Treatment Guid

Celiac Disease Health in Depth: Natural Remedies for Chronic Constipation

About 20% of people with untreated celiac disease have chronic constipation instead of the classic symptom of diarrhea. As the rate of diagnosis improves, constipation is becoming recognized as a common symptom of celiac disease.

Constipation is a common problem in the general population of the United States. According to the National Institutes of Health, about 4 million people have frequent constipation. It is one of the most common digestive complaints in the United States, resulting in about 2.5 million doctor visits and 92,000 hospitalizations annually, although most people treat themselves. This high rate of constipation results in annual laxative sales of over $735 million in this country.

This article will discuss the following topics:

1. How to recognize constipation.

2. Natural remedies that have been shown to help constipation.

3. How to induce a bowel movement.


Constipation involves problems with stool formation, consistency, and evacuation. It is characterized by one or more of these features:

· Hard, dry stool or soft, putty-like stool.

· Difficult defecation.

· Infrequent defecation, less than one bowel movement per day.

· A feeling of incomplete evacuation following bowel movement.

Constipation can give rise to many different ailments including indigestion, a white coated tongue, bad breath, gas, hemorrhoids, hernia, body odor, depression, fatigue, headache, insomnia, and varicose veins.

The three main causes of constipation are abnormal bowel motility, malabsorption and dysbiosis. Each one, or all three together can cause constipation.

1. Abnormal bowel motility is altered peristalsis, where food passes through the intestine too slowly, due to ineffective muscle action of the intestines. It may take the form of spastic colon or atonic colon.

· Spastic colon is characterized by a spasms, (irregular and excessive muscle contractions of the intestinal walls), so that the muscles resist stretching and thereby decrease the diameter of the inside of the intestine. This restricts the passage of food.

Hard, dry stools are produced as the colon absorbs too much water from the slowly advancing stool. Spasms can result from magnesium deficiency, chronic stress, lack of exercise, lack of water or lack of fiber in the diet.

Spastic constipation is associated with variable degrees of abdominal pain or distress, erratic frequency of bowel action, and variation in stool consistency.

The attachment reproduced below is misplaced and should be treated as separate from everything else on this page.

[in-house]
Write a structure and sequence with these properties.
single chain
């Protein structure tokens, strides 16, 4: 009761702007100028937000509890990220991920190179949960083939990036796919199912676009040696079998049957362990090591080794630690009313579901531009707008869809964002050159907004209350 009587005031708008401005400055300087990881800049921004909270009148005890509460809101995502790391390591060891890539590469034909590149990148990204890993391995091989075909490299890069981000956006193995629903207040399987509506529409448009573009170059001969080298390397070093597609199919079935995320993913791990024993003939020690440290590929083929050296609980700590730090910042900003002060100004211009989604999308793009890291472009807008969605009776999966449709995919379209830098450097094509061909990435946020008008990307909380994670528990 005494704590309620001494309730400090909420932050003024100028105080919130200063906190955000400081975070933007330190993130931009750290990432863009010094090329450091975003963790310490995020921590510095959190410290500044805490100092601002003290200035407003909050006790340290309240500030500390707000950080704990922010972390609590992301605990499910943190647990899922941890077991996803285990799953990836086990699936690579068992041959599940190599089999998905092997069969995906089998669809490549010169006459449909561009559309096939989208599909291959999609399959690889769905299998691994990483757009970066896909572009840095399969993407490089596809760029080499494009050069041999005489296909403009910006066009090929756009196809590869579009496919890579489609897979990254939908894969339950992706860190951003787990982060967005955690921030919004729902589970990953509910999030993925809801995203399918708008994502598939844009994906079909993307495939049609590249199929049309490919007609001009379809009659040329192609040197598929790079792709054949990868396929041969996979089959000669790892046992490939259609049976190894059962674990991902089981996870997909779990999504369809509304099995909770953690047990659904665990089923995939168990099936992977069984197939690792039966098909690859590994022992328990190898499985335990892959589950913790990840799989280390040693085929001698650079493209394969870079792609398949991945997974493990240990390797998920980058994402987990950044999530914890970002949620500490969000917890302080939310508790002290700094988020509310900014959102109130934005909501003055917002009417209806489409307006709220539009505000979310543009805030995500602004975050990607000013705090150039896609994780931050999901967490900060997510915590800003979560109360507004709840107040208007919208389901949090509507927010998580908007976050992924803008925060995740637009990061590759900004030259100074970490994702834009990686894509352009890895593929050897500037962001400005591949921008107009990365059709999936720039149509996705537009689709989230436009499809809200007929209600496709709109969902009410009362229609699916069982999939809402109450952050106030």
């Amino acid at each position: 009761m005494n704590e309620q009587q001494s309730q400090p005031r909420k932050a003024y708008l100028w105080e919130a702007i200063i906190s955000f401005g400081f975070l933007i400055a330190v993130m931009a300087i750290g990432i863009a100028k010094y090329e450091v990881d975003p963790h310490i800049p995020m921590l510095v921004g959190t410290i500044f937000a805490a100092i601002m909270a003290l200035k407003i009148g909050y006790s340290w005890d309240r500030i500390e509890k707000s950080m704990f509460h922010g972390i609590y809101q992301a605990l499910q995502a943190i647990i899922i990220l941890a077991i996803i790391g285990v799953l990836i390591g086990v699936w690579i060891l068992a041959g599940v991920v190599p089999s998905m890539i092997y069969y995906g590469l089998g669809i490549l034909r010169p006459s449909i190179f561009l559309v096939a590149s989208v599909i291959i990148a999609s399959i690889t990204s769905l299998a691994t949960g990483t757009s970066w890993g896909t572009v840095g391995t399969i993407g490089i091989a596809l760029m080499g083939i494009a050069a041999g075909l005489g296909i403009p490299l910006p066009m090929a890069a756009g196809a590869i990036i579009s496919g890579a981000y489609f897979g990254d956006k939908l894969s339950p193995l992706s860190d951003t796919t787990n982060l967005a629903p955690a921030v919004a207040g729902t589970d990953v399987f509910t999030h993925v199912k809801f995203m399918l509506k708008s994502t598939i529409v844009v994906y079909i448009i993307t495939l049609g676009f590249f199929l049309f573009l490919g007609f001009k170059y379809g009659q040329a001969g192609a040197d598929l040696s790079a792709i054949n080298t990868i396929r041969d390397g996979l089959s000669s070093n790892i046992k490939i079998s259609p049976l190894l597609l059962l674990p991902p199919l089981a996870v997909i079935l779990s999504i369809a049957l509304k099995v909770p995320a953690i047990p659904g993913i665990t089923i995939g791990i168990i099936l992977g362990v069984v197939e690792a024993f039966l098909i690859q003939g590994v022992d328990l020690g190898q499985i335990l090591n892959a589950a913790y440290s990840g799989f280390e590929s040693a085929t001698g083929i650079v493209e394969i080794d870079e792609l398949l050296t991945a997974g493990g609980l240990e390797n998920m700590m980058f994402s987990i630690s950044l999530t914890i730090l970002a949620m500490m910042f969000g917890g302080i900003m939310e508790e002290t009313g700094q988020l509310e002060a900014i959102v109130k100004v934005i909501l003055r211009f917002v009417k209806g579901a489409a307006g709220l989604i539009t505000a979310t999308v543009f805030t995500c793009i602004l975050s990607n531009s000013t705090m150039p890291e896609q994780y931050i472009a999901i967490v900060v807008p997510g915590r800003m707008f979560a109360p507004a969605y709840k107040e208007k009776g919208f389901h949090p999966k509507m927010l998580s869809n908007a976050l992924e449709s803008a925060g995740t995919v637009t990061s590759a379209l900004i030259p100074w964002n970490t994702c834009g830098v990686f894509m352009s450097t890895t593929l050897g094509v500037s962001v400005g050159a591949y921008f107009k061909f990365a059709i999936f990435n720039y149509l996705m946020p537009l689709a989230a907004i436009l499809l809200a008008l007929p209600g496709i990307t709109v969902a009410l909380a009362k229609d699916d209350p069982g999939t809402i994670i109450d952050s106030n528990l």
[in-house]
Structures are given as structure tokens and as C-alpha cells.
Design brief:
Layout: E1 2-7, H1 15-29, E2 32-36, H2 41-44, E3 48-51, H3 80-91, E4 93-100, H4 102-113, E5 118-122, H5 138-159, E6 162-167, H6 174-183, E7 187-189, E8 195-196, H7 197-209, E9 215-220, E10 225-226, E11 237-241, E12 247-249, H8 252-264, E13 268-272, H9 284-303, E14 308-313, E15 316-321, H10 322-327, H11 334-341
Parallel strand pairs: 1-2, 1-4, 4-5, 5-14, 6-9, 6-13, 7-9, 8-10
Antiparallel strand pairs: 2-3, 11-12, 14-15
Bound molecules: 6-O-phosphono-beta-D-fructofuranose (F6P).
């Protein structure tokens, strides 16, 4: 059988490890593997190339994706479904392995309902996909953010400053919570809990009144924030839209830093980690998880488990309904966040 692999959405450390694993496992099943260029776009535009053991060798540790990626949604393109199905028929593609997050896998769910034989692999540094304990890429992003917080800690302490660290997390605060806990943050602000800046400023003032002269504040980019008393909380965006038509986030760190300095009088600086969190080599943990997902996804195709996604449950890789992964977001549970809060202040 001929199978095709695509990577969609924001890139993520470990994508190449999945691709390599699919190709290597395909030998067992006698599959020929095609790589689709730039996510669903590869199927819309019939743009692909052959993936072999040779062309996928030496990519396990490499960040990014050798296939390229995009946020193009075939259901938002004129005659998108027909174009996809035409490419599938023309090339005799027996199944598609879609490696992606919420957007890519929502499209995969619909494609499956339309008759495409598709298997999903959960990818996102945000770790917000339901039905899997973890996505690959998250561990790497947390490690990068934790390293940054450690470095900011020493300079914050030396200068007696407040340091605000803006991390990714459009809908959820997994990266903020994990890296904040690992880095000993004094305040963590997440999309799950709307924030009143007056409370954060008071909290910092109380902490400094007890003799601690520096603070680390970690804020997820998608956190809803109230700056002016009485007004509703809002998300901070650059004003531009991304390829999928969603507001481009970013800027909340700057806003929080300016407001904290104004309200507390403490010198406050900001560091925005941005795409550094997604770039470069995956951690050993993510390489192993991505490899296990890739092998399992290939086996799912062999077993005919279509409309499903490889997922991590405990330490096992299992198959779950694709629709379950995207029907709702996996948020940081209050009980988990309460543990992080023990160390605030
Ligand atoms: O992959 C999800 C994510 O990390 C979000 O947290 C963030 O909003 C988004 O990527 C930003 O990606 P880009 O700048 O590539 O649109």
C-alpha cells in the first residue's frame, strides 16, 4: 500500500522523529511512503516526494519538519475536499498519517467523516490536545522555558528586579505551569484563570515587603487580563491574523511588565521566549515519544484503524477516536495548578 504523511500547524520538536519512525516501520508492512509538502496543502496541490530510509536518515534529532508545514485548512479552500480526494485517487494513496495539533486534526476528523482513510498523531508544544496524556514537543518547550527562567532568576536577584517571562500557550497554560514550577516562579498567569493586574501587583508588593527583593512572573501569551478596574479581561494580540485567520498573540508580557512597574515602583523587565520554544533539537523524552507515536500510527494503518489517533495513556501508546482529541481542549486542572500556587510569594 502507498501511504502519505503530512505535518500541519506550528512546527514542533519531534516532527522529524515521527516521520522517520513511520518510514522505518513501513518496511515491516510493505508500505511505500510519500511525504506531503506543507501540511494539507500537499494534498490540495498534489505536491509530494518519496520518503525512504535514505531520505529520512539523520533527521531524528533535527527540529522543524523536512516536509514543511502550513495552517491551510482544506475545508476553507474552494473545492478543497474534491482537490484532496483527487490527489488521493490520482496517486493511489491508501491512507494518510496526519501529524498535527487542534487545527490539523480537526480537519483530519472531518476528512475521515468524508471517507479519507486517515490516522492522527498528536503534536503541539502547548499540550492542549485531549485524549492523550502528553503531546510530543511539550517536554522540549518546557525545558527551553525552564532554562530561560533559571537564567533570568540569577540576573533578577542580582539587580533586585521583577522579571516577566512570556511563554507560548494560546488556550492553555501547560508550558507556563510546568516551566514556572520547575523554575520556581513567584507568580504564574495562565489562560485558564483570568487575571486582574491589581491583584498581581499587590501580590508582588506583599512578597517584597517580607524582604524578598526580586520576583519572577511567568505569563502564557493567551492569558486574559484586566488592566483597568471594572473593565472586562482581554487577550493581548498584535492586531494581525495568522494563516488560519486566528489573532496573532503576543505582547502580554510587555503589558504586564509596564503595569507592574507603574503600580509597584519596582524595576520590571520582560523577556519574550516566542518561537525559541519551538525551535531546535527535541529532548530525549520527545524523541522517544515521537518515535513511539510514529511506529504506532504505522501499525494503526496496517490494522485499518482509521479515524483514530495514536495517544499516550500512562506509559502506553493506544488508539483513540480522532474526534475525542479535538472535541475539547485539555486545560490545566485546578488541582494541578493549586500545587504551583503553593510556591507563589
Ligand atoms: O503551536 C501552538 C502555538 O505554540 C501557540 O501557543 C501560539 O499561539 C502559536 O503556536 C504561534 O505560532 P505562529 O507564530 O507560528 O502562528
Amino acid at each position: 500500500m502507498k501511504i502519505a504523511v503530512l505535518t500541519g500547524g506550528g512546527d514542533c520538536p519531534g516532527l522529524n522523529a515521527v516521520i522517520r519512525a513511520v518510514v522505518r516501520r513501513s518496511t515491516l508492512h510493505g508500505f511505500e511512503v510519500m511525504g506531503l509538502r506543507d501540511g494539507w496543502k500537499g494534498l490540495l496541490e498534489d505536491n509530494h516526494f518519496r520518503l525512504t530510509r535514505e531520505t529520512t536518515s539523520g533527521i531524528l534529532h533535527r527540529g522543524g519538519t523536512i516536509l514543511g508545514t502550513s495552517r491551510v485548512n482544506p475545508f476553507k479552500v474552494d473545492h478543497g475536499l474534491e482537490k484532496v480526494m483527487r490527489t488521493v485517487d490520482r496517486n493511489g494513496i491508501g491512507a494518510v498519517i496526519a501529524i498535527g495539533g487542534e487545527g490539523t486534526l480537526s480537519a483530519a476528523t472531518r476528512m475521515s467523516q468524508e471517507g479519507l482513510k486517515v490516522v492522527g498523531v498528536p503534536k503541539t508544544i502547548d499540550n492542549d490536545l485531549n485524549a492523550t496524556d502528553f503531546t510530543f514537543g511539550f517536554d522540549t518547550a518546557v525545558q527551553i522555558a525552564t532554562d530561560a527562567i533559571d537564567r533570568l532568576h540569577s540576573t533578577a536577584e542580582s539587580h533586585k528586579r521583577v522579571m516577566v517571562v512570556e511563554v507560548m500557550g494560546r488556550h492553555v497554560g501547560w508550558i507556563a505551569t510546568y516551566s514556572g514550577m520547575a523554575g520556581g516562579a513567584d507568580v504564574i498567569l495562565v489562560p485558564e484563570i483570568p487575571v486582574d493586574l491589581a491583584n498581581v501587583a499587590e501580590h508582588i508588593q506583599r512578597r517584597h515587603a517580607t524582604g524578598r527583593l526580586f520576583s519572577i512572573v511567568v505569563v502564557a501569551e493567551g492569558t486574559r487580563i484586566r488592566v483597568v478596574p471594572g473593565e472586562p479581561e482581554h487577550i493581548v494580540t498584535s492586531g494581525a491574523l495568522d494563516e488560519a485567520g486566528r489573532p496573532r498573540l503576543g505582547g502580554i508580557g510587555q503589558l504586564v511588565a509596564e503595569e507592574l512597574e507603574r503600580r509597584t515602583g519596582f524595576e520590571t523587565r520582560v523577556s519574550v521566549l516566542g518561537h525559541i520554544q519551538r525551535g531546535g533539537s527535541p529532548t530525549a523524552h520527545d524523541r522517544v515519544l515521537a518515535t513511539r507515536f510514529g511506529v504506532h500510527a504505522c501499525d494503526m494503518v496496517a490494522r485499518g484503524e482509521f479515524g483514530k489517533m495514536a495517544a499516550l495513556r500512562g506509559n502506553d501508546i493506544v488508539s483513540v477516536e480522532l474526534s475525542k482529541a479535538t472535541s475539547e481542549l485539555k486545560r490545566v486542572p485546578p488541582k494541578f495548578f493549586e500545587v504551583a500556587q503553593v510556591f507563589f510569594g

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About Cleo Libonati, RN, BSN

Cleo Libonati, RN, BSN is CEO and co-Founder of Gluten Free Works, Inc. and She is the author and publisher of the highly recommended celiac disease reference guide, Recognizing Celiac Disease.
  • Great article. Lots of information. Thank you for mentioning the liver. In clinical practice we see this so often. Another thing we find is liver and gall bladder dysfunction. People with poor bile production and flow. Since the bile coats, protects and cleans the GI tract, once we get this improved with people they begin to have little to no constipation.

    Thanks again for the wonderful article and I look forward to the next one.

  • Constipation can be really embarrassing to talk to your doctor about. This is some great information. I’ve found Magnesium has helped a lot, along with eating lots of fruits and vegetables.

  • Jessie says:

    Thank you for this excellent article on constipation and mentioning atonic colon. I was diagnosed at age 18 with atonic colon and am now in my 50’s. I have been gluten free for over a year and it has helped along with drinking more water. I have been told I have Celiac disease by a natural path nurse. I feel by going gluten free I am finally getting more regular. I take Magnesium when I get backed up which really works great for me. It has been a long journey dealing with this. I refuse to take laxatives.

  • Vicky says:

    Buy an enema bag online or medical supply store. Lubricate tip with Vaseline. Fill with warm water. Get on floor on hands and knees like a dog. Insert tube in rectum gently. Not too far or water won’t go in. Put in in half the water, and wait for urge, then sit on toilet. Don’t strain. Repeat using second half of water in enema bag. This will clean your colon.

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